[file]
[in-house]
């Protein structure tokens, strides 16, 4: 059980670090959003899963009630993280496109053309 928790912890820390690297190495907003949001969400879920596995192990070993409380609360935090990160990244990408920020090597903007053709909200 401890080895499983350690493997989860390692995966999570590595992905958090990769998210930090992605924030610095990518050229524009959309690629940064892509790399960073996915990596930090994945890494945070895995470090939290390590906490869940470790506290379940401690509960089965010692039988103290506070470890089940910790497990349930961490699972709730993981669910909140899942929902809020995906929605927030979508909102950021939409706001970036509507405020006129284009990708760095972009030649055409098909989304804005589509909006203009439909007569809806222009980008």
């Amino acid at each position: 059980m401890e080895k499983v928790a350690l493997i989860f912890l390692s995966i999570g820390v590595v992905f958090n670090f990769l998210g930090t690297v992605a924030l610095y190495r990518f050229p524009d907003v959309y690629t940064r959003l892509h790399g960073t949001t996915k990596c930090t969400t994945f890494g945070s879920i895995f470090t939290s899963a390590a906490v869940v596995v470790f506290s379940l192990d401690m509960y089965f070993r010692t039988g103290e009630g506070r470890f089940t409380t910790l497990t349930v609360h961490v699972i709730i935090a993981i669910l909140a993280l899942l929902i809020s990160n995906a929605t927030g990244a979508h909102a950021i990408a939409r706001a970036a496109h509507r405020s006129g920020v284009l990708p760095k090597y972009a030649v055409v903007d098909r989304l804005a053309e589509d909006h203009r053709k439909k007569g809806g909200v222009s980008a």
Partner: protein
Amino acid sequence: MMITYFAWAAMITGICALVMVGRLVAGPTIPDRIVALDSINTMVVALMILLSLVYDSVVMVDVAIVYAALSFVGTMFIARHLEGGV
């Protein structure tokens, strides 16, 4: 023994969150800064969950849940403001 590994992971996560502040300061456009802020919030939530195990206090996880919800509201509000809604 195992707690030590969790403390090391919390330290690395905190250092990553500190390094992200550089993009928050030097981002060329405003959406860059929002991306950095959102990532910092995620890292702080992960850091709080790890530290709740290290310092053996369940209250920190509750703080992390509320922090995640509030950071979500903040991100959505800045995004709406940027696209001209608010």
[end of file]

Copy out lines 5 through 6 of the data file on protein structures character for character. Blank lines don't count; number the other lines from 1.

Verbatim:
Amino acid sequence: MMITYFAWAAMITGICALVMVGRLVAGPTIPDRIVALDSINTMVVALMILLSLVYDSVVMVDVAIVYAALSFVGTMFIARHLEGGV
């Protein structure tokens, strides 16, 4: 023994969150800064969950849940403001 590994992971996560502040300061456009802020919030939530195990206090996880919800509201509000809604 195992707690030590969790403390090391919390330290690395905190250092990553500190390094992200550089993009928050030097981002060329405003959406860059929002991306950095959102990532910092995620890292702080992960850091709080790890530290709740290290310092053996369940209250920190509750703080992390509320922090995640509030950071979500903040991100959505800045995004709406940027696209001209608010």